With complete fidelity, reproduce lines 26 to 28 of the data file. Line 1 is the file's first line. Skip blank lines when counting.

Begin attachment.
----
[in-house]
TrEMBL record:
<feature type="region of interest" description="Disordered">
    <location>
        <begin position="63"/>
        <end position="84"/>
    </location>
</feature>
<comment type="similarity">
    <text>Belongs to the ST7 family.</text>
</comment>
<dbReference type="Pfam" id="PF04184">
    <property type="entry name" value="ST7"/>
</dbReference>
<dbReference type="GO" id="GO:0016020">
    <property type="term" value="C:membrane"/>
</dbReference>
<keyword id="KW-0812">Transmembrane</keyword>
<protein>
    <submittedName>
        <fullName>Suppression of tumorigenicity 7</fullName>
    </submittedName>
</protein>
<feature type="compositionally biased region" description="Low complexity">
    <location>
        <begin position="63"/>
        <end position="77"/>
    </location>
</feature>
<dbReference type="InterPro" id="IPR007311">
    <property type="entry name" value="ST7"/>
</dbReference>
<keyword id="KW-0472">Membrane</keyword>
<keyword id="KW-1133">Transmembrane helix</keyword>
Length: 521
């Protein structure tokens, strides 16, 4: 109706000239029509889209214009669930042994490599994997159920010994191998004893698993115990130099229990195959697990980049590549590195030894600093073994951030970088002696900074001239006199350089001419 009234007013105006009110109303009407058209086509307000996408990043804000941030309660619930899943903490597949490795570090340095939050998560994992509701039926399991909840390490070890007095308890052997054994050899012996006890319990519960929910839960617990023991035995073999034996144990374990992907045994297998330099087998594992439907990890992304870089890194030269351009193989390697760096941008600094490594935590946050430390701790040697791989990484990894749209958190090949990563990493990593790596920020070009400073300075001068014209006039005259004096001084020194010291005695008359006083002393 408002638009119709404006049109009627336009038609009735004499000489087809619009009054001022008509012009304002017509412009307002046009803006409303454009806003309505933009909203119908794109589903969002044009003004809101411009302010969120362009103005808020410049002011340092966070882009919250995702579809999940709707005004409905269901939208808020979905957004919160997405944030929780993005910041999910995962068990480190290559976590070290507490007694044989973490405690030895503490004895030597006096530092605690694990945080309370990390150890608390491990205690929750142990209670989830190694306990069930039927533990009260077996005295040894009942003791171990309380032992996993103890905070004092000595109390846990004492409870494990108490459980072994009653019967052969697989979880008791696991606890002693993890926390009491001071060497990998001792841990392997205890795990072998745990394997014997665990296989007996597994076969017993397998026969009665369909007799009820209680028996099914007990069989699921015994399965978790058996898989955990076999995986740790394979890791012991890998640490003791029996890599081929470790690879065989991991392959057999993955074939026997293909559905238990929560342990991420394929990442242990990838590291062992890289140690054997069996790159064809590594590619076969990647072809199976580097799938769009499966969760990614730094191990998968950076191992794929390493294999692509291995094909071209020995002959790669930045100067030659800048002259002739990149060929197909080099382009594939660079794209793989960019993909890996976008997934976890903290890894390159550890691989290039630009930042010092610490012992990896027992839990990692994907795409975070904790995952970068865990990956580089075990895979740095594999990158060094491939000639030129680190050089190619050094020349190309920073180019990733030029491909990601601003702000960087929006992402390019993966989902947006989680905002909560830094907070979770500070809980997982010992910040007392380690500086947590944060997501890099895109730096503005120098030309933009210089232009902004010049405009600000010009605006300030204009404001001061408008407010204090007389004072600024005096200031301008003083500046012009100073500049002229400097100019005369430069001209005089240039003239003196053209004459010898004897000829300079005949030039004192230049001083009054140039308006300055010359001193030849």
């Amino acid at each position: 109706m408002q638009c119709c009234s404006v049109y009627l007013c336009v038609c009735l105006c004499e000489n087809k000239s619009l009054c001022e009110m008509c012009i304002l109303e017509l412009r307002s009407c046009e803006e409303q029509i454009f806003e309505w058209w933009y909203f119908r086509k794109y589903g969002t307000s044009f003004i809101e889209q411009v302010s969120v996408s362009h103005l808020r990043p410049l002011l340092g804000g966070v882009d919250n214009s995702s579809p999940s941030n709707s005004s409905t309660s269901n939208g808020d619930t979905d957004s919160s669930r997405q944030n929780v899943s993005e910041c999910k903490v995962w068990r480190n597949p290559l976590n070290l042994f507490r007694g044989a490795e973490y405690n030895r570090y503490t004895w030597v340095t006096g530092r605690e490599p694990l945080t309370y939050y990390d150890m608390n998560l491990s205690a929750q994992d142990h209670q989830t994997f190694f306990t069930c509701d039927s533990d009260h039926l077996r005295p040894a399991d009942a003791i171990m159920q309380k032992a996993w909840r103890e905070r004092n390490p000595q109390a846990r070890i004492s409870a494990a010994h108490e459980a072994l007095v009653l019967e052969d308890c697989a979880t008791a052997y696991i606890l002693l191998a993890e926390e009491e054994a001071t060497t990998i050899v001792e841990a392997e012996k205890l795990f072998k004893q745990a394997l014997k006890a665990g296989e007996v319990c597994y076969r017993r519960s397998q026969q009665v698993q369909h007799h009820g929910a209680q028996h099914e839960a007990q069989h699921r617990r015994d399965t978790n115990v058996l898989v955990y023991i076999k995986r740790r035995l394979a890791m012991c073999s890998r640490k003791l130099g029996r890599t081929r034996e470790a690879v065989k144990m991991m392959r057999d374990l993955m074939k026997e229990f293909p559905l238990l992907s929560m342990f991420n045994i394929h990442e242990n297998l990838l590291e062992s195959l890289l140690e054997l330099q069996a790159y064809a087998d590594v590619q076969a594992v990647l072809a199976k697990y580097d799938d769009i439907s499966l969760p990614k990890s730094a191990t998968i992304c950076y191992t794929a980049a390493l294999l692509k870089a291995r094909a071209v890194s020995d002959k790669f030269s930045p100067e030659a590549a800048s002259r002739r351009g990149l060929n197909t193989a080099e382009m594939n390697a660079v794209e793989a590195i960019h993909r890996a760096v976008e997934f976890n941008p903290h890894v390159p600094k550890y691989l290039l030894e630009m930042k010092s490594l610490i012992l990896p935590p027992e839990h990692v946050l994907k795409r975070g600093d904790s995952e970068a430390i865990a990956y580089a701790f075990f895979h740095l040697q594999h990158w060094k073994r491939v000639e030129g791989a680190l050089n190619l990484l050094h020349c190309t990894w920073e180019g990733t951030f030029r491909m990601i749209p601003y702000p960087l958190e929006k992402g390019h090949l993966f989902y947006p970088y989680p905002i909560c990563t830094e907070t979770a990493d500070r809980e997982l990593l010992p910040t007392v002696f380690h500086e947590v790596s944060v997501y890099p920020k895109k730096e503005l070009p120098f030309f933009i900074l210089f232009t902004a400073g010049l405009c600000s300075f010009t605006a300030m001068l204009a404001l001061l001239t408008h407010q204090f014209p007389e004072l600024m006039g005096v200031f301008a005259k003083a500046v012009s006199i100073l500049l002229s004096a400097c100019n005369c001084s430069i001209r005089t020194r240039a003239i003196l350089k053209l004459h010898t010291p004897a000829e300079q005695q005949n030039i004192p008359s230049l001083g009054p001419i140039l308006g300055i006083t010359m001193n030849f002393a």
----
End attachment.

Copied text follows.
        <begin position="63"/>
        <end position="77"/>
    </location>